On the other end of the line, Swiss adoption workers Priska Luther and Martina Scholl gamely rolled up their sleeves and began the search for Weideli’s name — if it indeed, existed — among the thousands stored in the archive boxes.

It took eight months before Robinson got the word the two women had been successful.

The file was discovered lying on top of dozens of others in a box stored in the archive attic marked for “foreign adoptions.”

“That just blew the whole thing wide open,” Robinson said.

In late August, Weideli, along with her best friend and the Ancestors documentary crew, flew to Zurich to read for herself the contents of the file.

In it, she learned the identities of her birth parents: Edith Frieda Hermine Docekal and Oldrich Docekal.

Her adoptive mother had, at least, been partially right about their heritage. Edith Docekal was a Swiss national and Oldrich from Czechoslovakia, though there is no evidence he was a terrorist.

Weideli also found her own Swiss certificate of birth identifying her as Daniela Docekal, born Feb. 3, 1961 — a birthday a full 10 months earlier than the date assigned to her by her adoptive parents.

“That was kind of a bummer,” Weideli said. “I went to Switzerland at the age of 47 and came back a week later a year older.”

Letters written by her birth mother, Edith Docekal, to the adoption agency following her daughter’s birth describe the heartbreaking decision to surrender the baby into Honegger’s care.

She was pressured by her husband to give the baby up and was too poor to take action on her own. In the letters, Docekal described working full-time as a waitress, struggling to care for her older daughter while her husband appeared to work only sporadically.

She repeatedly pleaded with the agency to give her time to pay the mounting foster-care costs and to arrange for a train ticket to bring her baby back home.

“I have already purchased a bed and baby carriage for Daniela,” Docekal wrote.

In the end, the mother bowed to the wishes of her husband and the agency and gave the baby up.

But just thinking of her child, she wrote, “causes me pain.”

On Sept. 2, Weideli made one final stopover before returning to Canada. Travelling to the small town of Wirges, on the outskirts of Koblenz, Germany, Weideli spent a quiet evening with her long-lost sister. The whereabouts of Angelika Docekal Schraeder had been tracked by a Swiss police officer who specializes in missing persons.

In a private moment, away from the cameras, the sisters hugged each other in silence.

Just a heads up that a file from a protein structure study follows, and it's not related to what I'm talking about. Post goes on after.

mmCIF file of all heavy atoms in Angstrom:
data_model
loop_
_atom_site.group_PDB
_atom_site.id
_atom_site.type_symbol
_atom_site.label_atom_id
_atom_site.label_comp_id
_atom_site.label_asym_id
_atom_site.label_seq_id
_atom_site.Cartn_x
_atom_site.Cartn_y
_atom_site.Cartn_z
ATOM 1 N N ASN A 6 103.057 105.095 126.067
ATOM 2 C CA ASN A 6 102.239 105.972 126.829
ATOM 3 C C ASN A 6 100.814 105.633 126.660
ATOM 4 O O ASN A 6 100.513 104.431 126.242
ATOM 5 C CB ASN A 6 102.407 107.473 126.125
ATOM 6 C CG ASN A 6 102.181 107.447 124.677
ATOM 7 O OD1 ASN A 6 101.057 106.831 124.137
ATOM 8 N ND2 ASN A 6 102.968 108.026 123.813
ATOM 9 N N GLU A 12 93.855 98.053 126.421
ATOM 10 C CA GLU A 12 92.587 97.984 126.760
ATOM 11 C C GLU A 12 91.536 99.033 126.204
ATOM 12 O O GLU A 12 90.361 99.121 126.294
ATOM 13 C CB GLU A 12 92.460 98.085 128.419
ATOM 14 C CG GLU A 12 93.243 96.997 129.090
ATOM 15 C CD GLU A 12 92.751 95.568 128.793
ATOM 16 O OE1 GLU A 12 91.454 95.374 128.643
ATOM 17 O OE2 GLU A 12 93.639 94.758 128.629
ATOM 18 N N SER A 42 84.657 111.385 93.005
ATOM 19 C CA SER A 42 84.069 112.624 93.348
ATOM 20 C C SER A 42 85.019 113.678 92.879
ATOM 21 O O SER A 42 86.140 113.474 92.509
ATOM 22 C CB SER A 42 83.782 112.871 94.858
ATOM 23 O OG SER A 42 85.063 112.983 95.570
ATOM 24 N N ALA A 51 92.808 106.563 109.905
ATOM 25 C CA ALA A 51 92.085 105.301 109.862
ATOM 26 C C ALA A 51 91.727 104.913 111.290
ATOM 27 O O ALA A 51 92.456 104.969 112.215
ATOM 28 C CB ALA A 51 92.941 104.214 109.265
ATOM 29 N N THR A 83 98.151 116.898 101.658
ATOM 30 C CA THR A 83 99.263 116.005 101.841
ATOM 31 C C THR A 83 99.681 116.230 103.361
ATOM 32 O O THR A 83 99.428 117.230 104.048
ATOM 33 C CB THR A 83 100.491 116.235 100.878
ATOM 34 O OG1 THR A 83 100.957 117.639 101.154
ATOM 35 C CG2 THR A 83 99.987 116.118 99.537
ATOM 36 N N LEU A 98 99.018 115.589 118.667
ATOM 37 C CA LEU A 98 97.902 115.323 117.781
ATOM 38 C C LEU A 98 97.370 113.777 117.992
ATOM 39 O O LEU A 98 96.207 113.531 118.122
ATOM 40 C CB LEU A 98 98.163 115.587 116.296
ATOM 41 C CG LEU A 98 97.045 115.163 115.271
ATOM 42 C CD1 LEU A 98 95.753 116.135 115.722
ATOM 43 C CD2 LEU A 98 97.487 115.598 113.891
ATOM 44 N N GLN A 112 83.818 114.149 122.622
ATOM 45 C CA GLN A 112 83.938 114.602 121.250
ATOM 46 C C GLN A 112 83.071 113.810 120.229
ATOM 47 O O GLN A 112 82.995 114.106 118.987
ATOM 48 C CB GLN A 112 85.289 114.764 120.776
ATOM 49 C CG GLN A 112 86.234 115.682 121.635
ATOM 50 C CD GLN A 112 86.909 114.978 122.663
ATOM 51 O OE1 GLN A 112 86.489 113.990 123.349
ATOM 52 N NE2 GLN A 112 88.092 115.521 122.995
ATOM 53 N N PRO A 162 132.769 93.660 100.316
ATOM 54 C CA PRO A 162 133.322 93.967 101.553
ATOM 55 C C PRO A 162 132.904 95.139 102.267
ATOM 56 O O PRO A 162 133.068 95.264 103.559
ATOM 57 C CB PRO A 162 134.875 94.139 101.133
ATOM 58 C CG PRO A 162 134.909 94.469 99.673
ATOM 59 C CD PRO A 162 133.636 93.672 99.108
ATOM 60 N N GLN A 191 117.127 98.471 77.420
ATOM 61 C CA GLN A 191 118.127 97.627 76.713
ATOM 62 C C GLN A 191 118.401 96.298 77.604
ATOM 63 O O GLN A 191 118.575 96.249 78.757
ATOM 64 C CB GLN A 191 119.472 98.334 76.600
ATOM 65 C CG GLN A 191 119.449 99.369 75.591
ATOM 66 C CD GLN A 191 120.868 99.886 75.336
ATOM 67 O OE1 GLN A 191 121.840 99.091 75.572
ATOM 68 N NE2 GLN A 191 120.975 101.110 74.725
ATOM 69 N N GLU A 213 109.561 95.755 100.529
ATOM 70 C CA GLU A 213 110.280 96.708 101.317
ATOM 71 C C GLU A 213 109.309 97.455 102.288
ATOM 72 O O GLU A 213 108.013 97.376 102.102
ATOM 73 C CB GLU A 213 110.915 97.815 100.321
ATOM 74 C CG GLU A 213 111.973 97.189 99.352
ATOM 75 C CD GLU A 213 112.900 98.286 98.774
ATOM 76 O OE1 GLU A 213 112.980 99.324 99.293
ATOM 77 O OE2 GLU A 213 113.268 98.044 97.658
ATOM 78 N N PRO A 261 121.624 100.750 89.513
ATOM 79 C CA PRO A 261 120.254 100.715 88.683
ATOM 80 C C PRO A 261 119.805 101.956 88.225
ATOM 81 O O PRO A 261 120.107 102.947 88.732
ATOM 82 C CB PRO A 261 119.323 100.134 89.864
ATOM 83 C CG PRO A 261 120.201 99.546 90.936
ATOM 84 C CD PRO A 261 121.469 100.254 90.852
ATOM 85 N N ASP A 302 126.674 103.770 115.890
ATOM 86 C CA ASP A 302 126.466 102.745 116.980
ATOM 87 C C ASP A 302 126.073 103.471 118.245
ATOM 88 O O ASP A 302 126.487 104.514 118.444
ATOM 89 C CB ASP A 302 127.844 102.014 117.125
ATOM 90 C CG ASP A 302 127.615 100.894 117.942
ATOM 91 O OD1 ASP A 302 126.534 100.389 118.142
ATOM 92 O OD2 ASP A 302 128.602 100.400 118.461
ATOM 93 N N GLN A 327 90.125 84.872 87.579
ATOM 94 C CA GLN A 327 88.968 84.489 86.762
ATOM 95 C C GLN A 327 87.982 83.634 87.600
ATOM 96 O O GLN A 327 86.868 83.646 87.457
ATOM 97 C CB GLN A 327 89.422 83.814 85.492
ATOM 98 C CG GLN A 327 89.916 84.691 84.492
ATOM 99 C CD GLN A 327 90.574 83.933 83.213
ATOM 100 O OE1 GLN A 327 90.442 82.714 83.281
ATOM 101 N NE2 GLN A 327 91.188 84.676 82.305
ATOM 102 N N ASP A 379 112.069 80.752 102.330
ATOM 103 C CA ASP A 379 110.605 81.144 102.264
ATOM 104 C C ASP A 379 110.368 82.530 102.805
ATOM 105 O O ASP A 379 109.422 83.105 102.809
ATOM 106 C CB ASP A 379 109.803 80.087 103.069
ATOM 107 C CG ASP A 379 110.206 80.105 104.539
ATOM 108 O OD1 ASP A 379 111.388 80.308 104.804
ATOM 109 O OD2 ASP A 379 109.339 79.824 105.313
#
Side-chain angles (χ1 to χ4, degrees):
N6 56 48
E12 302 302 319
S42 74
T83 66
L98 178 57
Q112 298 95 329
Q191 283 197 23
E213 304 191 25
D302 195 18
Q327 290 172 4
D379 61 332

“We didn’t speak the same language … but there was a recognition of everything we’d gone through to get to that point,” says Weideli.

The conversation that followed, aided by a translator, helped the women to better understand each other.

Both had difficult childhoods, though Weideli came from wealth and Schraeder from poverty.

Weideli learned the marriage between Edith and Oldrich lasted until Edith’s death from cancer in 2003, but it had been a bitterly unhappy union.

Schraeder, meanwhile, remained close to her mother throughout her life, but always felt a lingering resentment. She was eight years old when her baby sister disappeared and a headstrong Edith had refused to talk about the adoption.

Her mother’s letters, which Schraeder had never seen before, proved a soothing balm for the old hurts.

The letters “showed us how hard our mother had tried to get me back,” Weideli says.

Weideli also briefly met her birth father during the same visit. Oldrich Docekal, now 85, lives with Schraeder and her family.

According to Weideli, her birth father has always maintained he has only one daughter.

“We said hello,” she said of that reunion.

Back home in Vancouver, Weideli is still trying to absorb the reality of her new world.

She and Angelika continue to speak by telephone about once a week, though conversation is stilted because of the language barrier.

“I guess I’m going to have to learn German,” Weideli said.

She is grateful “beyond words” to all those whose hard work and determination led her to her family. The unsettling gaps in her existence have now been filled.

“I am so lucky,” she says.

The Ancestors in the Attic episode featuring Weideli is currently in the editing process. It is scheduled to air sometime in early 2010 on History Television.

For most of the crew, the outcome of the story is as good as it gets. As for Robinson, “I wish only that her mother had still been alive.

“I have a feeling that she was a bit of a hero in this whole thing and would have been the person who could have told Christiane everything she wanted to know,” he says.